Experience Pays Off For Flooded Europe
LARGE-SCALE evacuations left dozens of towns in eastern Netherlands virtually deserted yesterday as dikes strained to keep floods at bay.
Waters began to recede elsewhere across northwest Europe, hit by the second severe flood in 13 months, and people began thinking about the cleanup.
It's the worst flood in 40 years in the Netherlands. This year's floods across northwest Europe - including France, Belgium, Germany, and the Netherlands - claimed at least 26 lives. Property damage estimates could climb into the billions of dollars.
Authorities are working furiously to reinforce dikes weakened by flooding in the Netherlands. If the earthen ramparts burst, many towns could be under about 16 feet of water. About 250,000 Dutch have moved to shelters.
For many German homeowners, the flooding is financially devastating. Flood insurance was either impossible to obtain or prohibitively expensive in much of the affected region, especially after flooding in December 1993. The German government has already announced it will offer about $20 million in low-interest loans to flood victims.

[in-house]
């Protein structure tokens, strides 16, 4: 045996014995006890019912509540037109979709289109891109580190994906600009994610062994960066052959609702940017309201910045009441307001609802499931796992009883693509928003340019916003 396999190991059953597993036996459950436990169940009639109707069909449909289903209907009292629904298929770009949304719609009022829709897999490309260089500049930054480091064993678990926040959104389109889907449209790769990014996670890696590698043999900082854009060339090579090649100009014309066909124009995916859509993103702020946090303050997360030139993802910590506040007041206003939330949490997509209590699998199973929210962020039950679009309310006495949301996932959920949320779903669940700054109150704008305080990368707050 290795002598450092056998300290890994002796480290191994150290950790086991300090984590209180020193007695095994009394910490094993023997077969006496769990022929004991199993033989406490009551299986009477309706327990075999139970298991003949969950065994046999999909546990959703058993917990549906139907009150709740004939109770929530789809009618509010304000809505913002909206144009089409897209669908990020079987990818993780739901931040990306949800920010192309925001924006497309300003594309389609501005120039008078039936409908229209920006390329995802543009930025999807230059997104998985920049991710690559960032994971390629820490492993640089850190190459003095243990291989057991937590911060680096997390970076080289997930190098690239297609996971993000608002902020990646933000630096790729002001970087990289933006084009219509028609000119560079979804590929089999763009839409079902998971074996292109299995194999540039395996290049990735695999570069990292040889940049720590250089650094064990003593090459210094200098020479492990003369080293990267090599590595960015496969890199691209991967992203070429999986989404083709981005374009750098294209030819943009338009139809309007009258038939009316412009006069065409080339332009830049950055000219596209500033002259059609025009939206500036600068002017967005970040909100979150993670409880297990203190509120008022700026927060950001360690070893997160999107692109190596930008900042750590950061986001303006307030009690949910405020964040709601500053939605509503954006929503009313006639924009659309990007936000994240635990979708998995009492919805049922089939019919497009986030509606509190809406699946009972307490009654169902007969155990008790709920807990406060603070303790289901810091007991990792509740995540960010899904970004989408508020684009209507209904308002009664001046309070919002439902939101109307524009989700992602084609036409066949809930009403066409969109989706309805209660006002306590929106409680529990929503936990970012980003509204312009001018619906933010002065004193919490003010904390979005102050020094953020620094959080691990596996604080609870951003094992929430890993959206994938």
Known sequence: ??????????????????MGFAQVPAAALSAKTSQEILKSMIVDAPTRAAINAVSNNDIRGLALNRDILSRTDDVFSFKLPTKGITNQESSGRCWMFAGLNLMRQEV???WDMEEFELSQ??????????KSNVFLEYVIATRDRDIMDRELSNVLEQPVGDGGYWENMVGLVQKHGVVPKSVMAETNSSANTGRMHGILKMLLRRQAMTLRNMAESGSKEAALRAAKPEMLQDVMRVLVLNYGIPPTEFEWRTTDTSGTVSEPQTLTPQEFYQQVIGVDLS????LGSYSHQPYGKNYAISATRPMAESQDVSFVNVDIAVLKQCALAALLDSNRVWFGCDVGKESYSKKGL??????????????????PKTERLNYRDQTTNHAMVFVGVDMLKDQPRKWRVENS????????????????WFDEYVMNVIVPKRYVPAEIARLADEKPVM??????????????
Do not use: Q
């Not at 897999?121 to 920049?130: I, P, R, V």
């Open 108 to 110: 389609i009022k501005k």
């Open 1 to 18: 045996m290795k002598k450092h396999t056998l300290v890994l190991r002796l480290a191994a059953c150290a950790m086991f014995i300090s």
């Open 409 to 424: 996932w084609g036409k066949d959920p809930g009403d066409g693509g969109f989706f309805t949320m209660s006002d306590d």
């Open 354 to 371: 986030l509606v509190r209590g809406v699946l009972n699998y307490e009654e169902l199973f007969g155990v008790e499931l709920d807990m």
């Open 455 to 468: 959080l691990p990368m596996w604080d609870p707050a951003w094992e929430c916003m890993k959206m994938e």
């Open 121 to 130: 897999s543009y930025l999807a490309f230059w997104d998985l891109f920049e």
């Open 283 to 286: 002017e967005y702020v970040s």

IN Beuel, across the Rhine River from Bonn, flood victims exhibited resilience, splashing around in boots and hip waders.
The 1993 flood that inundated much of the same areas of Beuel ``came as a surprise for us all, residents and authorities,'' says Angela Steinstraesser, a volunteer who ferries victims to and from their homes in a small boat. ``This year we were better prepared.... The mood is good.''
Gunnar Grecksch, who says he had moved to Beuel after the '93 flood, was caught off-guard when the Rhine broke over its banks this year. But he says he has no plans to move.
``When the floods came I had no boots or anything. But I noticed all my neighbors simply got their boots and hip waders ... and were ready,'' he says. ``When the next flood comes, I'll be able to do the same.''